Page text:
August 16th, 2012

Scaling the Wall of Worry

Are we at a bullish or bearish pivot point?  If you’re looking for market advice from CNBC you’re looking at the wrong place.  The best way to get viewers is to create and stimulate controversy and that’s what CNBC does every single day.  You get a lot of different opinions but you can’t get just one straight opinion that you can act on.

A perfect example was how they juxtaposed, on two successive days earlier this week, Jeremy Segal of Wharton Business School articulating a bullish outlook followed the next day by Doug Kass of Seabreeze Partners pushing a bearish perspective today.  Interestingly, couched inside both opinions were opposing opinions on the impact of Romney’s selection of Ryan as his V.P. candidate:

  • First, they put on Jeremy Siegel who endorsed the Ryan selection because of Ryan’s budget-cutting efforts and suggested that, as a consequence, the market will advance to around 1500.
  • Kass came the next day suggesting than Ryan’s selection will lead to Obama’s reelection and driving the the market down to 1300 (interestingly, he started his pitch by using an invalid and inaccurate technical view  of the market) because of Ryan’s conservative history and his known hostility towards Bernanke.  Kass believes that the highs for the market have already been made.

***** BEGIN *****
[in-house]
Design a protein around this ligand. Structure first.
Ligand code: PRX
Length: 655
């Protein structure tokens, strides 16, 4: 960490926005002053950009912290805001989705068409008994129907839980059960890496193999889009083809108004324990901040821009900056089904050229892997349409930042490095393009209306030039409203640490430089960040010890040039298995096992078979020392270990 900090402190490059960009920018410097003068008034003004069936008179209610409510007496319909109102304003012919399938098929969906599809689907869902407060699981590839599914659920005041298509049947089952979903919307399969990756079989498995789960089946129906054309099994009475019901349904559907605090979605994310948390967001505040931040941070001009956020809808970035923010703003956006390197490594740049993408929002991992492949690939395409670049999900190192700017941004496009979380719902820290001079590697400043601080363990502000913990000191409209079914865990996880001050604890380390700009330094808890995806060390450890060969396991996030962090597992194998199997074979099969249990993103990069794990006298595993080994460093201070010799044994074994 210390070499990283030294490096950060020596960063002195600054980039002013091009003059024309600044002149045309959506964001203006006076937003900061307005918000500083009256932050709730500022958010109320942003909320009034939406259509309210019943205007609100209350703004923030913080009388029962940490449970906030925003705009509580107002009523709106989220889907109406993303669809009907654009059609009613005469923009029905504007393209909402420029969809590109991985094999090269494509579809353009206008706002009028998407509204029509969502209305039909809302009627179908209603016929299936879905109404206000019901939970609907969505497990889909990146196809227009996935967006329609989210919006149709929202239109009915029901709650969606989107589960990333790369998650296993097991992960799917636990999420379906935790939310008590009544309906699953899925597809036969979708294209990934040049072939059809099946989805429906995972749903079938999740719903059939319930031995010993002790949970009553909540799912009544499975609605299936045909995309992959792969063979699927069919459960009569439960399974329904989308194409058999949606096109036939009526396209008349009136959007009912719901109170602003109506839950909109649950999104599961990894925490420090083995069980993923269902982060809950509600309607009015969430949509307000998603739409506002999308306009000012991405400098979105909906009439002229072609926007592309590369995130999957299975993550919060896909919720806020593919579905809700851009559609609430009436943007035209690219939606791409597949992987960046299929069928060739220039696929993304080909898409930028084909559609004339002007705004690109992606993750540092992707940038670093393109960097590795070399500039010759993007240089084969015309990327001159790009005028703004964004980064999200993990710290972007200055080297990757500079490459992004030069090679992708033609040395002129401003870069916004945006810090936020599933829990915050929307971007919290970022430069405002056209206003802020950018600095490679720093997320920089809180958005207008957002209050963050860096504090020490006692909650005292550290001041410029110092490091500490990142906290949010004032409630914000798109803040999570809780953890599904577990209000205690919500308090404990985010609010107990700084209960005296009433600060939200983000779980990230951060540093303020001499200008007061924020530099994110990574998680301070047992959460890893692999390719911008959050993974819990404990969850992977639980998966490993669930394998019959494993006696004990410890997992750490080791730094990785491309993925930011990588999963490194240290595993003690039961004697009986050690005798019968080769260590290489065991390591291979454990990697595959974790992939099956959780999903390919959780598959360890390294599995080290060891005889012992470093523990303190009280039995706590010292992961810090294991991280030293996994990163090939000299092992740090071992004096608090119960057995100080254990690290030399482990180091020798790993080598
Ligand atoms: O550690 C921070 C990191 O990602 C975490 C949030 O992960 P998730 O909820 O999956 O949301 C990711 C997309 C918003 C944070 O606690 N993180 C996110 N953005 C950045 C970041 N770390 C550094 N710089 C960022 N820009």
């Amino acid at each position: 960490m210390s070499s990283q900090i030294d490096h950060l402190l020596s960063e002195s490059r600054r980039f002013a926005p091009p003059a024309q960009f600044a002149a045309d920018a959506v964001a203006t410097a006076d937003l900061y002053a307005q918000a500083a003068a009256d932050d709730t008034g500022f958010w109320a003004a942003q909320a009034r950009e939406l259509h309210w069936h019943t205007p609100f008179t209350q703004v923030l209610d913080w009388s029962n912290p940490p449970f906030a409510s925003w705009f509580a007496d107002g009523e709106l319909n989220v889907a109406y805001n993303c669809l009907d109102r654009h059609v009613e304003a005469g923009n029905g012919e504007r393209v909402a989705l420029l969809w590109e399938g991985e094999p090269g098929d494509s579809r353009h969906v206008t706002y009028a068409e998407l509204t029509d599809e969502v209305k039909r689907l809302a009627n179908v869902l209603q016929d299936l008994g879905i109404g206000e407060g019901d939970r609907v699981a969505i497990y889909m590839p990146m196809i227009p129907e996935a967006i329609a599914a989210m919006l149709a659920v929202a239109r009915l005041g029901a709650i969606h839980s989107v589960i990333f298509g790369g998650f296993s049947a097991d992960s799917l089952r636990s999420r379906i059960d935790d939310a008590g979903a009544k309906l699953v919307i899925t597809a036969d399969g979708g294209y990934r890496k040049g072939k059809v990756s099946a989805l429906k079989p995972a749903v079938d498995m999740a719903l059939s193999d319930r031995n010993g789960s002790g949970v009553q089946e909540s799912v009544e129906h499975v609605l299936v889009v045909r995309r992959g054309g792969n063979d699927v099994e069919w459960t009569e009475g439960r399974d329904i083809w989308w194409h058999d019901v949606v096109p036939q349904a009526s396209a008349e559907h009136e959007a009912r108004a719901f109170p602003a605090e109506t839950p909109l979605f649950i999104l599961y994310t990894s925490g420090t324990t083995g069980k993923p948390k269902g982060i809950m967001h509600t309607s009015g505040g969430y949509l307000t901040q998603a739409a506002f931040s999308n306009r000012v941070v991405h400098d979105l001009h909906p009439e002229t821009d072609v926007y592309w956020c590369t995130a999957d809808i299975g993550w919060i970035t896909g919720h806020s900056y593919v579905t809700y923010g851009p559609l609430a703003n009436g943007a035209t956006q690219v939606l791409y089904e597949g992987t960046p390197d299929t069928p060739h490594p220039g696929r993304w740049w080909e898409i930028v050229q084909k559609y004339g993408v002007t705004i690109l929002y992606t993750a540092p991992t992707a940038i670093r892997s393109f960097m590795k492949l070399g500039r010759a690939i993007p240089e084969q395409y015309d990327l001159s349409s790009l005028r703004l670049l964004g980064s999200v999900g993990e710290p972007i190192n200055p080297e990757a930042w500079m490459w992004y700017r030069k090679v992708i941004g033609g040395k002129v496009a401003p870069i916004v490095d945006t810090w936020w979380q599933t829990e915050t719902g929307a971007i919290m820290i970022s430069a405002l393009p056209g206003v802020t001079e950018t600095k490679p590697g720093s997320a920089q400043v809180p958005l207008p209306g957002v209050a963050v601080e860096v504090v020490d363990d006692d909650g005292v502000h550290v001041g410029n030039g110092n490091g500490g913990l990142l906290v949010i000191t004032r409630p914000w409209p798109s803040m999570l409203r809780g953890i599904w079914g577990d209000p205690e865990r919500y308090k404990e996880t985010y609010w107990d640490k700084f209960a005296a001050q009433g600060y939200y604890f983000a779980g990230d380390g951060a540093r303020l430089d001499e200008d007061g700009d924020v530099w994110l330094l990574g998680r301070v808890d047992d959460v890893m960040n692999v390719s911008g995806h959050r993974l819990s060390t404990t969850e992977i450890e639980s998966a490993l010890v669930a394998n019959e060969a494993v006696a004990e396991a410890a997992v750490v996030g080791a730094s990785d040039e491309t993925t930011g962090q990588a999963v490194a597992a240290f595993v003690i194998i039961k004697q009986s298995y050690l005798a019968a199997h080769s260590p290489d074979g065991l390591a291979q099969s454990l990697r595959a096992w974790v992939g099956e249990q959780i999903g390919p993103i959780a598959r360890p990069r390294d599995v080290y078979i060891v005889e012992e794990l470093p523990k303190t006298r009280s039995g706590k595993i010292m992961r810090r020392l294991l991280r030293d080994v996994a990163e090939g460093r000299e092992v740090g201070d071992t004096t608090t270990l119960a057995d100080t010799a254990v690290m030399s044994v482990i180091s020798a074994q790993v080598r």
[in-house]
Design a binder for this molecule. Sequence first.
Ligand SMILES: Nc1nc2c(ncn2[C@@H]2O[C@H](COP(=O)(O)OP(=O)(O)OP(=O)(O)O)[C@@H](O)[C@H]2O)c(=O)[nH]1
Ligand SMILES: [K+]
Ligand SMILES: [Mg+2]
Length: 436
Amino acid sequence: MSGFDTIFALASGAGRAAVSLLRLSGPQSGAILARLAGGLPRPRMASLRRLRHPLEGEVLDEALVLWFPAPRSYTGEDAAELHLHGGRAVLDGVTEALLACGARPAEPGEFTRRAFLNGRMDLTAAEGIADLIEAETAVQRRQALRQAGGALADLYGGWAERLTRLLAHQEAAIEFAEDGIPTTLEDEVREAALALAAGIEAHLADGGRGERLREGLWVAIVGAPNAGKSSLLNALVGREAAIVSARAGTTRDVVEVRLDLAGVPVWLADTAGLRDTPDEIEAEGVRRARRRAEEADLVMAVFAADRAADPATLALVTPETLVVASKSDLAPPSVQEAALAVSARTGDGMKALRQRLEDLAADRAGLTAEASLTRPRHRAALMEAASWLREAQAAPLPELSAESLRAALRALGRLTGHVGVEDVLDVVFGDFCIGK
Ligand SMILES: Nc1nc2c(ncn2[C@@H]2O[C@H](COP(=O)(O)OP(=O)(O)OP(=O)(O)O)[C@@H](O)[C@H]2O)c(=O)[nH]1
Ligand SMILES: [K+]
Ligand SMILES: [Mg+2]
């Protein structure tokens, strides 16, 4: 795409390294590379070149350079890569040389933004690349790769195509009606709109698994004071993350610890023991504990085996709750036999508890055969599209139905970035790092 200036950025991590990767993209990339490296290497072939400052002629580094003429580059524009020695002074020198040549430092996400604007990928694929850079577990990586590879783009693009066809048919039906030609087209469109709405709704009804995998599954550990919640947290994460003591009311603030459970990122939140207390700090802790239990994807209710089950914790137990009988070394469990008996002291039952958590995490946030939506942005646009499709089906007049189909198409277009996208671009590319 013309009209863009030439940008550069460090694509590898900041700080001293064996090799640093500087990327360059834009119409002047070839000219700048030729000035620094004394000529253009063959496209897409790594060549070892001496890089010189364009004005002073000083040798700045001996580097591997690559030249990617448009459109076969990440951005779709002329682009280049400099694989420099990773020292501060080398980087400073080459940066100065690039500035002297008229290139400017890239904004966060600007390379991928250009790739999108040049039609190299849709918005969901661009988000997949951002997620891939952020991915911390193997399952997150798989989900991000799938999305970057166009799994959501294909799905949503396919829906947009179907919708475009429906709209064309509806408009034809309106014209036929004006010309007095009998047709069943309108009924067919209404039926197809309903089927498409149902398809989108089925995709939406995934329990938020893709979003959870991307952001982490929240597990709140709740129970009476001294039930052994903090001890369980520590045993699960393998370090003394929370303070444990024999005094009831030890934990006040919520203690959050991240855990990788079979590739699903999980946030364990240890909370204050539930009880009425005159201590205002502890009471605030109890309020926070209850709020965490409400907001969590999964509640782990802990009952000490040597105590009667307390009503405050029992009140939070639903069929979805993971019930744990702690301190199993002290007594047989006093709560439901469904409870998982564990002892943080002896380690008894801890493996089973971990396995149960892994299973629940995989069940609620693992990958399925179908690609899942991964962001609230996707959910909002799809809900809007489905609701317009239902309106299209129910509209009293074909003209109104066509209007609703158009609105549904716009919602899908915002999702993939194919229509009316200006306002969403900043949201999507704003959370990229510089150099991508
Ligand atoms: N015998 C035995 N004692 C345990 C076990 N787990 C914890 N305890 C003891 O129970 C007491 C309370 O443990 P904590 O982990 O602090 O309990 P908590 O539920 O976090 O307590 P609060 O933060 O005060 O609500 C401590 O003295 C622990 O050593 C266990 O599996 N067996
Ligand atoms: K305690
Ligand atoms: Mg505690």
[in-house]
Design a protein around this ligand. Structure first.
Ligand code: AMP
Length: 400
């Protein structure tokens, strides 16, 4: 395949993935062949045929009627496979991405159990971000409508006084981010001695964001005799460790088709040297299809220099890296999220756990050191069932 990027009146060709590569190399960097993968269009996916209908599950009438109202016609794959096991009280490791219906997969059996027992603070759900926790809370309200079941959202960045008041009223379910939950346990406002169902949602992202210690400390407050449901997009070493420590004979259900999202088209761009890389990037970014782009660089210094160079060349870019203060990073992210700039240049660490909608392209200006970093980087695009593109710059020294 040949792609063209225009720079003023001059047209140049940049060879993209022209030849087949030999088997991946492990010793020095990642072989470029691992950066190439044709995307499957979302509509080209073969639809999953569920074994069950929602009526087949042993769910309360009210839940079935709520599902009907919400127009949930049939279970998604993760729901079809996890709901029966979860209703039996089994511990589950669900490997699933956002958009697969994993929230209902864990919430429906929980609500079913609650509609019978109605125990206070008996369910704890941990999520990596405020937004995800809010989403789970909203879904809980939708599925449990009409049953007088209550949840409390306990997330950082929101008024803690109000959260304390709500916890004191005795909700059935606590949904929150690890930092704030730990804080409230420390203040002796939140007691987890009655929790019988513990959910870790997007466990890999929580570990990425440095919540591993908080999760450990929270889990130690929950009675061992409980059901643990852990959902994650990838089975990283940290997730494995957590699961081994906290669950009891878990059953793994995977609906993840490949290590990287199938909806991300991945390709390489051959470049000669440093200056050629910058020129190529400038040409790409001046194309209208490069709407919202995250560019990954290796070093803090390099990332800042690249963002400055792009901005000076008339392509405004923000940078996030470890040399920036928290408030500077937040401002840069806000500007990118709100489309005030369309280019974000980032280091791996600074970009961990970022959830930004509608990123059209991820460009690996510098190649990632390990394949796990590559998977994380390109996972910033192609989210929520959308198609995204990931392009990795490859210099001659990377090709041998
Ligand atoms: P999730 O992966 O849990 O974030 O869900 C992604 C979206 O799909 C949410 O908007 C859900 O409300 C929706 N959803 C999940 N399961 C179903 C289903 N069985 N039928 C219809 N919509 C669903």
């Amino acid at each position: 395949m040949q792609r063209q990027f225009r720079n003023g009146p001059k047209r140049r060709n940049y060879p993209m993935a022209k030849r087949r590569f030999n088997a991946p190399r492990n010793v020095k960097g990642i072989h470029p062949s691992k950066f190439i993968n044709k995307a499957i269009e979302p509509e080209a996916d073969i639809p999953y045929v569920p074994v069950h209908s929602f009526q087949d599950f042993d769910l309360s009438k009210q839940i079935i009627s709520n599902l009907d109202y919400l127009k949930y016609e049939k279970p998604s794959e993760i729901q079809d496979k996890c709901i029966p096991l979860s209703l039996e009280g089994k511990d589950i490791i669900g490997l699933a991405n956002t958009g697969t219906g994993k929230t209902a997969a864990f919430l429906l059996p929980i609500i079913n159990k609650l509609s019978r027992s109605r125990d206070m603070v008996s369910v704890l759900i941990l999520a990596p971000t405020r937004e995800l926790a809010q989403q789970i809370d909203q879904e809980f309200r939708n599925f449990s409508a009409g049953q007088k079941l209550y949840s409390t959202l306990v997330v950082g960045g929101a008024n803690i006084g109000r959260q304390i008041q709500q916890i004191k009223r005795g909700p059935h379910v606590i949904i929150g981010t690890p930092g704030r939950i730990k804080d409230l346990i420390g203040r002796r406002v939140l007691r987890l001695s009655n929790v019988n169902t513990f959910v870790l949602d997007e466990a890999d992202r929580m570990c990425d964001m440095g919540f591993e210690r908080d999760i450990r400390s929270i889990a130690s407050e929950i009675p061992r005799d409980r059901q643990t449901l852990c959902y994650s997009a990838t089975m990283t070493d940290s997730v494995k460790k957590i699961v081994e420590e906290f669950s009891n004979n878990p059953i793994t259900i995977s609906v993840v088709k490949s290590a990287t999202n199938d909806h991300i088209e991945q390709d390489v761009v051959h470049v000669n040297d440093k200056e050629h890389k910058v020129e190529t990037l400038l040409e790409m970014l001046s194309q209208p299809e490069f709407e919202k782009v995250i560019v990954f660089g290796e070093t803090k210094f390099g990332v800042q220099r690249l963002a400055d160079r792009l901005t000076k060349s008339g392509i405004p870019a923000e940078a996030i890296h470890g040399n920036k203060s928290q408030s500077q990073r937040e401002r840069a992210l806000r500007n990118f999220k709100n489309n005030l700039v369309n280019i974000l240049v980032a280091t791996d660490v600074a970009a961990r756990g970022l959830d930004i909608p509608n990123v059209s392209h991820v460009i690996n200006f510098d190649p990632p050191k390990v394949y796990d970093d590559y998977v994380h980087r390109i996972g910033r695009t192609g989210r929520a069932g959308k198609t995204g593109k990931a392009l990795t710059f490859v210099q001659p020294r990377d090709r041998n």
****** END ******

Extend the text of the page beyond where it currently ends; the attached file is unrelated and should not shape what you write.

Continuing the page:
So what is the average investor to do?  Which opinion should we embrace?  Or is watching merely a total waste of time.

If you’re obsessed with trying to guess the upcoming election’s impact on the market then you have to come up with answers to a series of difficult and highly subjective questions:

  • Is a Romney win looked on favorably or not? an Obama reelection?
  • Is the market already discounting the election of one or another candidate?
  • If there was a market bias towards one candidate vs. the other then would an upset create an adverse market reaction after the election?
  • How does control of Congress factor into the equation?
    • What if Congress is split?
    • What if Congress is controlled by the same party?
    • What if control of both houses goes to the opposing party?

And those are just the questions that easily roll off the top of my head.  Clearly spending much time trying to answer these questions is futile.  Making investment decisions today based on what you have figured out to be the correct answer to each of these questions is foolish.

There can only be four options that drive your investment decisions today based on your prediction of an event in a little more than 11 weeks.  Sell, buy, do nothing or ignore the  election and base your decision on what’s happening today.

My answer is always to “follow the herd” rather than make my own fundamental analysis.  I’m not proud; I want to do what the majority of the money sloshing around the market is doing today rather than trying to second guess whether they are right or wrong in going in the direction that they are.  I want to know how strong the market’s momentum is and the direction in which it’s driving.  As far as I’m concerned, there’s no doubt as to that answer.